Obesity is associated with endothelial dysfunction related to decreased NO bioavailability, increased endothelin 1 vasoconstrictor activity, and decreased circulating ghrelin. Therefore, we tested whether exogenous ghrelin may have benefits to improve the balance between endothelin 1 and NO in patients with obesity-related metabolic syndrome. Vasoactive actions of endothelin 1 and NO were assessed in 8 patients with metabolic syndrome and 8 matched controls by evaluating forearm blood flow responses (strain-gauge plethysmography) to intra-arterial infusion of BQ-123 (endothelin A receptor antagonist; 10 nmol/min), followed by NG-monomethyl-L-arginine (NO synthase inhibitor; 4 micromol/min), before and after infusion of ghrelin (200 ng/min). In the absence of ghrelin, the vasodilator response to BQ-123 was greater in patients than in controls (P<0.001), whereas infusion of NG-monomethyl-L-arginine induced smaller vasoconstriction in patients than in controls (P=0.006). Importantly, exogenous ghrelin decreased the vasodilator response to BQ-123 (P=0.007 versus saline) and enhanced the magnitude of changes in forearm blood flow induced by NG-monomethyl-L-arginine (P=0.003) in patients but not in controls (both P>0.05). The favorable effect of ghrelin on endothelin A-dependent vasoconstriction was likely related to the stimulation of NO production, because no change in the vascular effect of BQ-123 was observed after ghrelin (P=0.44) in 5 patients with metabolic syndrome during continuous infusion of the NO donor sodium nitroprusside (0.2 microg/min). In patients with metabolic syndrome, ghrelin has benefits to normalize the balance between vasoconstrictor (endothelin 1) and vasodilating (NO) mediators, thus suggesting that this peptide has important peripheral actions to preserve vascular homeostasis in humans.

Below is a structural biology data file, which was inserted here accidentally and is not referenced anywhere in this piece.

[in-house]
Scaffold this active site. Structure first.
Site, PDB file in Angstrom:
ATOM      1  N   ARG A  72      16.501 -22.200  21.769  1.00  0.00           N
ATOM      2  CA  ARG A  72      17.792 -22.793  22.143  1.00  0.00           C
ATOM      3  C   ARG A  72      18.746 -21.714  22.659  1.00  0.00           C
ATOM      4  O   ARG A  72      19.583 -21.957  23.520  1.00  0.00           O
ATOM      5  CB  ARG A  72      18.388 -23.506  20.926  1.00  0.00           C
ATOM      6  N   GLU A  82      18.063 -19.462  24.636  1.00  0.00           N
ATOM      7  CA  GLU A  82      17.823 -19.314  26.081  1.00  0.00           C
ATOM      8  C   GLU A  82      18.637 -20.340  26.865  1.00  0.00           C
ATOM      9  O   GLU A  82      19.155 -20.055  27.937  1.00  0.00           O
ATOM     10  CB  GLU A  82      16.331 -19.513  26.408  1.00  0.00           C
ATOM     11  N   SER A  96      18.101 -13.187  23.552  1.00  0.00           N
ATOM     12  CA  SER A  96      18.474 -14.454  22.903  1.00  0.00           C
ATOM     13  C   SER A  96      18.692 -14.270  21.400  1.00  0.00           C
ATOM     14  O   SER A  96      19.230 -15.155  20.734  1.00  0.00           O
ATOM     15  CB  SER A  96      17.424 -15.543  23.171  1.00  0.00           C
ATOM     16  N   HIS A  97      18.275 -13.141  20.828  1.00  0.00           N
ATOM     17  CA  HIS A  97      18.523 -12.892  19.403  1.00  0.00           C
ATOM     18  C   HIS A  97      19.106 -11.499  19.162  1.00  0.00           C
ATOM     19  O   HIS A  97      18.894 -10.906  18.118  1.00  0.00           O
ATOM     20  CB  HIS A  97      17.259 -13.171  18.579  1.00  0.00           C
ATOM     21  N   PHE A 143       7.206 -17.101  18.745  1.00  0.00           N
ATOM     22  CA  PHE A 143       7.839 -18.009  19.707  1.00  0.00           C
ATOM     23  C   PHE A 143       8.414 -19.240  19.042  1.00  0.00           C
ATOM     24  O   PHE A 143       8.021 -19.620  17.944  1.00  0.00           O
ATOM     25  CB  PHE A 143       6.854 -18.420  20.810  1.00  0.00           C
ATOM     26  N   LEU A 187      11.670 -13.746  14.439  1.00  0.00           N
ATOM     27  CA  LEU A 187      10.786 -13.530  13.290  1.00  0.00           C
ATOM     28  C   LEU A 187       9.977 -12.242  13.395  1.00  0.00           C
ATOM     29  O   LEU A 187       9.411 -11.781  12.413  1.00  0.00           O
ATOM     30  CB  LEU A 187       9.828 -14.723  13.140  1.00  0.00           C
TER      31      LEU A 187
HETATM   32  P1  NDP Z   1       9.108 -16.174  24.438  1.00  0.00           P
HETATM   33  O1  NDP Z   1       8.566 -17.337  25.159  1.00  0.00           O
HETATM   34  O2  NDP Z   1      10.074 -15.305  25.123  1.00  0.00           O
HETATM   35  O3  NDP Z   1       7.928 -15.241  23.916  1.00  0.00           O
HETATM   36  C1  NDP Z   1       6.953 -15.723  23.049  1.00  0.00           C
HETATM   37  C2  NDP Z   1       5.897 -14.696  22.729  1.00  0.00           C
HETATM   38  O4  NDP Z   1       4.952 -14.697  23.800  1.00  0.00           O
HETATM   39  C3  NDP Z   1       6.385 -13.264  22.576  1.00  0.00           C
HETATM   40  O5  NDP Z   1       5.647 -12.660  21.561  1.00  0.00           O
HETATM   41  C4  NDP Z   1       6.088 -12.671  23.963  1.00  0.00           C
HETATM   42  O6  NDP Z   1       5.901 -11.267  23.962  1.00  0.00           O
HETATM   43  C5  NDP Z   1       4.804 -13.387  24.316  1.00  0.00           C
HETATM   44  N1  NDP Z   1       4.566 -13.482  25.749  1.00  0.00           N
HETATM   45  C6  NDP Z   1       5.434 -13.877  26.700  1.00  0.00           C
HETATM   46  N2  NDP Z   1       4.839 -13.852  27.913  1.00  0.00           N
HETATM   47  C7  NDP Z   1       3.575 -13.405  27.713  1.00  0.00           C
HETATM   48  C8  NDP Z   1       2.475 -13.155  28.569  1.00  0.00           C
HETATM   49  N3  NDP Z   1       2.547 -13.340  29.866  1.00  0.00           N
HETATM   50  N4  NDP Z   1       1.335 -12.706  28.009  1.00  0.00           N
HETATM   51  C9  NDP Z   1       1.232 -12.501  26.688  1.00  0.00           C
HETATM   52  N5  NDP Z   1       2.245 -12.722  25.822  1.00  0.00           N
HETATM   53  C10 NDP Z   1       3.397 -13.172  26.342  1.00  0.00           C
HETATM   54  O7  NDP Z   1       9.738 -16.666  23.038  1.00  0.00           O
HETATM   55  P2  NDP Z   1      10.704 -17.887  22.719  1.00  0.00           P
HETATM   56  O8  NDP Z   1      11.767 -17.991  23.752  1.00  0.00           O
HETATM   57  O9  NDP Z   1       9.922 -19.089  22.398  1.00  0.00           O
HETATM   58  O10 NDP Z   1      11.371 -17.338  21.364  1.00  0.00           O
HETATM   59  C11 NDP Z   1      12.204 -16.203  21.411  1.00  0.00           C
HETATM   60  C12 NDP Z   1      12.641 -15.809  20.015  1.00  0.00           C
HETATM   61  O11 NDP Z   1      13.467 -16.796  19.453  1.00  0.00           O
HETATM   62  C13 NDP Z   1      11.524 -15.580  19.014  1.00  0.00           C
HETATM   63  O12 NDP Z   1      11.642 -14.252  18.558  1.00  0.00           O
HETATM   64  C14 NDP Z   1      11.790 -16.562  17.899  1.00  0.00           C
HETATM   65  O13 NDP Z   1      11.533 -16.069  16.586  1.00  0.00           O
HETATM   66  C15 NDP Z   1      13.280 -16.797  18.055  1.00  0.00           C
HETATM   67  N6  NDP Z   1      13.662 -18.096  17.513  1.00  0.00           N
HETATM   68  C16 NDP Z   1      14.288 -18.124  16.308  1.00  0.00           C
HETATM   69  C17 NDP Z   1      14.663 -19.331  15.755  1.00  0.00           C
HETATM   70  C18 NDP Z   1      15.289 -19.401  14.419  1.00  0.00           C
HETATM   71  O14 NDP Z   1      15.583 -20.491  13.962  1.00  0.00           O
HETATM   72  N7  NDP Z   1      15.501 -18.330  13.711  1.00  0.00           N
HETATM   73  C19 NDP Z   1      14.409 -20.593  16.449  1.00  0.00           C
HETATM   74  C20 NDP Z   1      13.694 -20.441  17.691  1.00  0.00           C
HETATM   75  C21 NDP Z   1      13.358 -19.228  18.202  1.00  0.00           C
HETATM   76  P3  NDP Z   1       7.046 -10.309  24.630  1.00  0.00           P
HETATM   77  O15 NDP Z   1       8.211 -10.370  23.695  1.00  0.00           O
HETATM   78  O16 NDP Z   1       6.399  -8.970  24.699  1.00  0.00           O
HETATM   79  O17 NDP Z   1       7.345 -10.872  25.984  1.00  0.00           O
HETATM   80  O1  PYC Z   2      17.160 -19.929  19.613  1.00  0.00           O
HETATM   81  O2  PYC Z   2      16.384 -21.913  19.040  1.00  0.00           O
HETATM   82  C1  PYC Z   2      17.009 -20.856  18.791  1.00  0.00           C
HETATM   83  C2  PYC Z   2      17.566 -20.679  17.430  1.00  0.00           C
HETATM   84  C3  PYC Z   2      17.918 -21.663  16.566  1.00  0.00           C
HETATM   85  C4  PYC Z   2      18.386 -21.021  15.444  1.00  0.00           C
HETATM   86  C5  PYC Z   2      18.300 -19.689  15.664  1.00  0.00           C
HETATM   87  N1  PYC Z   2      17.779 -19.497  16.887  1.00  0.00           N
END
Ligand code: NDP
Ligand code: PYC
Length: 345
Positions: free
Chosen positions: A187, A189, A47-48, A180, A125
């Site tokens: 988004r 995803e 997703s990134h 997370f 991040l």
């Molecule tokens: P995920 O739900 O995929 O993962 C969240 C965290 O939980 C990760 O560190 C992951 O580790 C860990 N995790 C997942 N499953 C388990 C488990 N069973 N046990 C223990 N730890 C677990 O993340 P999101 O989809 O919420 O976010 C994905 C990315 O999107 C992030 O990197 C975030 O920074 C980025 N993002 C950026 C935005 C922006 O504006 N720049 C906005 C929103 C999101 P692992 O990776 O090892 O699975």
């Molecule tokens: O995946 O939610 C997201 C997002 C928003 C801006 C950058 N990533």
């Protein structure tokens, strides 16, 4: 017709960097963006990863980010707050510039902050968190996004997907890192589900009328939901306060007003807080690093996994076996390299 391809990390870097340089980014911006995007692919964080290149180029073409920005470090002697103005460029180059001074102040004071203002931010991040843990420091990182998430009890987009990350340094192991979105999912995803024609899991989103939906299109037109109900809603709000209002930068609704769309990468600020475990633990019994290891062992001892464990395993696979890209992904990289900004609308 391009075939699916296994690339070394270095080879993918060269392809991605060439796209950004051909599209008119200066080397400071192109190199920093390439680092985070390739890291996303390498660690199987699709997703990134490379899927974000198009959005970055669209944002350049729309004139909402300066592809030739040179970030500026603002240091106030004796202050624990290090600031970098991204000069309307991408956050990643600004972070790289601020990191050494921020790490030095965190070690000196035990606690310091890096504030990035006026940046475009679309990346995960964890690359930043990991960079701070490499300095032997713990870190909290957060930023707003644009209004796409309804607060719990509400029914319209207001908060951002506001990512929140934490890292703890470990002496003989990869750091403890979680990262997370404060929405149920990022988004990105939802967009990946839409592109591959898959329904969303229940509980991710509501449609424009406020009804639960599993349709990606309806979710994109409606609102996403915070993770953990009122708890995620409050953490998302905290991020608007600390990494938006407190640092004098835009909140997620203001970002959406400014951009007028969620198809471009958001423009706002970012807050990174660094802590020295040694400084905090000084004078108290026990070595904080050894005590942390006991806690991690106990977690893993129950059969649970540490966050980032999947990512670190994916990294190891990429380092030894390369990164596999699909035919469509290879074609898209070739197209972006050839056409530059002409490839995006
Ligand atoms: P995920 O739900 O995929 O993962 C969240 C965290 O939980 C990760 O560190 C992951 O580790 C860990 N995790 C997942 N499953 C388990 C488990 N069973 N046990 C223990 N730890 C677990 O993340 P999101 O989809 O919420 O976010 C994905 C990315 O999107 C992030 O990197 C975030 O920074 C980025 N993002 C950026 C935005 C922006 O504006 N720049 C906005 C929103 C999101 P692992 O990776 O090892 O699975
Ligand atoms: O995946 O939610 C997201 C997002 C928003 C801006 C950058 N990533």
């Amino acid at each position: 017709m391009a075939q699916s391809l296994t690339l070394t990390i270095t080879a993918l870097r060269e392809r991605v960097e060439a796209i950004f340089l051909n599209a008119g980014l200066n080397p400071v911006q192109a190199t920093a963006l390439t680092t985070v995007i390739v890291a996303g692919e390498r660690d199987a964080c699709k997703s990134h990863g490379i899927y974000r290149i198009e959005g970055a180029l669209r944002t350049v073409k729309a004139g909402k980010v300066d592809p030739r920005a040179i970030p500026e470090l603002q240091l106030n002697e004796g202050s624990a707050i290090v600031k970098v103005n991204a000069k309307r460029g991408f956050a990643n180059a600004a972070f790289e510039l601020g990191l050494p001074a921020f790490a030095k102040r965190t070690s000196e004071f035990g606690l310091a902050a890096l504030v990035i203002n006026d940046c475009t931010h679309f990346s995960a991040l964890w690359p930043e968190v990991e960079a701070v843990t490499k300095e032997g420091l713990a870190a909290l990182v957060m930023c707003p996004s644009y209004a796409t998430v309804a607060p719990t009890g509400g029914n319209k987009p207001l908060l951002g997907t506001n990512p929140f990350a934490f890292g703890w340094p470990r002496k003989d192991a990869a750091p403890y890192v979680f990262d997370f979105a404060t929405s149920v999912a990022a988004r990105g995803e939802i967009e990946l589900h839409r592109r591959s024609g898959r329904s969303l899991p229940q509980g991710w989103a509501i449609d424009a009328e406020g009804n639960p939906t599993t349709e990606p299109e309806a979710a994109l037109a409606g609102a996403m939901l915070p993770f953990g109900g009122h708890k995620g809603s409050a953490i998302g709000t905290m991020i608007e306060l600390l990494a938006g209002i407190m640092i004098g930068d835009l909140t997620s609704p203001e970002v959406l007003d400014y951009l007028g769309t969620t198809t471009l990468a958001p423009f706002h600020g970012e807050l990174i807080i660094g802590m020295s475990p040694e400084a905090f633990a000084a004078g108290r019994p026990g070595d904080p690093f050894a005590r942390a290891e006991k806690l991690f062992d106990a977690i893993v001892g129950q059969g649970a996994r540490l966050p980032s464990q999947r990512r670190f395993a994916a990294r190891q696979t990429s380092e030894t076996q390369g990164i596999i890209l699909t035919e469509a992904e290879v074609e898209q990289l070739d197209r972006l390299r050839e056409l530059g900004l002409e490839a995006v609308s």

|Number of pages||6|
|Publication status||Published - 2009|